Bitter herbs for IBS and other digestive complaints
The belief that herbal medicine has to taste bad to be beneficial is not always true. The spirited flavour of peppermint (Mentha piperita) or the sweetness of licorice (Glycyrrhiza glabra) is both tasty and effective medicine. However, in the case of a class of herbs called bitters, it is true.
How do they work?
When the bitter flavour mingles with the taste buds on the tongue, it sets in motion a series of physiological responses that enhance the appetite, improve digestion and aid in the absorption of nutrients from food.
The bitter flavour on the tongue causes the stomach to release gastric juices, stimulates bile flow from the gallbladder and the pancreas to secrete insulin. The bitter taste does this by acting on the part of the nervous system that is responsible for digestion and assimilation of food, the parasympathetic system.
When to use bitters
In old herbal terms, bitters are used when the digestion is sluggish. Or in other words, bitters get things flowing.
Bitter herbs are useful when food sits like a lump in the stomach, causing bloating and constipation. Bitters are useful for those who have no appetite and continue to gain weight. Older folks who have lost their appetite find their hunger with the help of bitter herbs. At the other end of life’s spectrum, when a baby suffers from colic, mild bitters such as catnip (Cataria nepeta) or chamomile (Matricaria recutita) ease griping pain.
For those recovering from a chronic illness that has depleted the body’s resources, bitter herbs improve the absorption of nutrients from food. This, in turn, enhances energy levels and shortens recovery time.
When offering iron-rich herbs to those drained by anemia, a bitter herb in the formula will help the body absorbed iron.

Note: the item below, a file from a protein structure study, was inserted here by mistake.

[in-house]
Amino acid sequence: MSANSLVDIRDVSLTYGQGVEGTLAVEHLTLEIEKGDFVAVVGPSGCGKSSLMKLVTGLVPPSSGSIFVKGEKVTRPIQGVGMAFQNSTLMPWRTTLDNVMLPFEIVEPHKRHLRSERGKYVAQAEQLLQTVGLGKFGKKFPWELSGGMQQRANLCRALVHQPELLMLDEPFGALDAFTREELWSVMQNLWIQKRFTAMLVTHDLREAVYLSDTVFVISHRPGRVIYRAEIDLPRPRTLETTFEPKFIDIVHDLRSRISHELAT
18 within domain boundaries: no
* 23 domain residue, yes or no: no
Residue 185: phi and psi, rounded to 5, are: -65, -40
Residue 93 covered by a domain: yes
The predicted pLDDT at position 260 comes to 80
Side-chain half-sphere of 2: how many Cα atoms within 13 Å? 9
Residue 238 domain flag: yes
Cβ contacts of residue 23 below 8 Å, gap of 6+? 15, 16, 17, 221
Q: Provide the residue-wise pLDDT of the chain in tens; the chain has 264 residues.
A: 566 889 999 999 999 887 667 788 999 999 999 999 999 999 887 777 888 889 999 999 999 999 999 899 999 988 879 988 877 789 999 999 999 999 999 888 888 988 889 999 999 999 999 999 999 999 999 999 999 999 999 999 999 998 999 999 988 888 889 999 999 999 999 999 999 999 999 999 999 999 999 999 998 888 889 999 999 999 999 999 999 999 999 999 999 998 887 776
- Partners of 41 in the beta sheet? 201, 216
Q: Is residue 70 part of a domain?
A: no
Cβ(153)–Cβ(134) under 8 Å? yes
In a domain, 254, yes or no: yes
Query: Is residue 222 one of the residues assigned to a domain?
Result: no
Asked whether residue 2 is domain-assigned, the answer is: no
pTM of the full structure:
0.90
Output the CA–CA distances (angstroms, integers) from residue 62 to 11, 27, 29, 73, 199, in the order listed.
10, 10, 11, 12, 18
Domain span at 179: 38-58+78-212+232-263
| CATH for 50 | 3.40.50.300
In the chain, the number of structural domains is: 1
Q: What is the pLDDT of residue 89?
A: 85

How much to take
To benefit from all that bitter herbs can do for the digestive system, one does not need to take a significant amount of the herbs. All that is necessary is to taste the bitter flavour. Remember the medicine is in the taste.
To use bitters to improve digestion, whether three months or 90 years old, take a couple of sips of bitter tea 20 minutes before each meal. This primes the digestive system and prepares your body for an incoming meal.
Another way to take advantage of the bitter flavour is to have a salad of bitter greens before each meal. This method is particularly useful for those who suffer from bloating and constipation or have no appetite but continue to gain weight. Romaine lettuce is considered a bitter green, as are dandelion leaves and endive. Try the salad without dressing, or use a little vinegar and olive oil. Don’t mask the bitter flavour with sweet store-bought salad dressings.
Bitter herbs also have a long history of easing depression which accompanies anxiety. This is because the part of the nervous system that primes the digestive tract, the parasympathetic system, also relaxes the mind.
Nature is economical. To digest food well, one needs to be relaxed. The mnemonic for the parasympathetic system is “rest and digest”. Bitters, by activating the parasympathetic nervous system, relax the mind and improve digestion. A two for one deal, all for a little bit of bitter!
How bitter is “bitter”?
The bitter herbs used to relieve depression and anxiety, are very bitter. Herbalists, actually have a scale that measures a herb’s bitter flavour. The two herbs considered the most bitter are gentian (Gentiana lutea) and wormwood (Artemisia absinthium).
Wormwood, although other bitters can be used, is the choice herb to relieve depression with anxiety. It is in my opinion that wormwood is the most unpleasant tasting herb. One of my clients complained bitterly about the taste of his medicine that contained wormwood.
“It tastes so bad; it has to work!”
Fortunately, wormwood is considered a potent herb, and one only needs a small amount to be effective. Please note, I do not recommend using Wormwood without herbalist advice, as it has a narrow therapeutic range. This means that has the potential of becoming toxic to the body when overused.
A note of caution
Bitters, as useful as they are, are not for everyone.
If you suffer from a peptic ulcer bitters can increase the burning sensation and prolong the healing process. Because bitters are used to relieve constipation, avoid them if the bowels are loose.
In pregnancy, avoid herbs that have a strong, bitter flavour, like wormwood and gentian.
Come and find out more about herbs and their benefits!
This article is not intended to provide medical advice, diagnosis or treatment.
Now I would like to hear from you. Do you suffer from Irritable Bowel Syndrome? What have you tried to help your symptoms? Let us know in the comments below.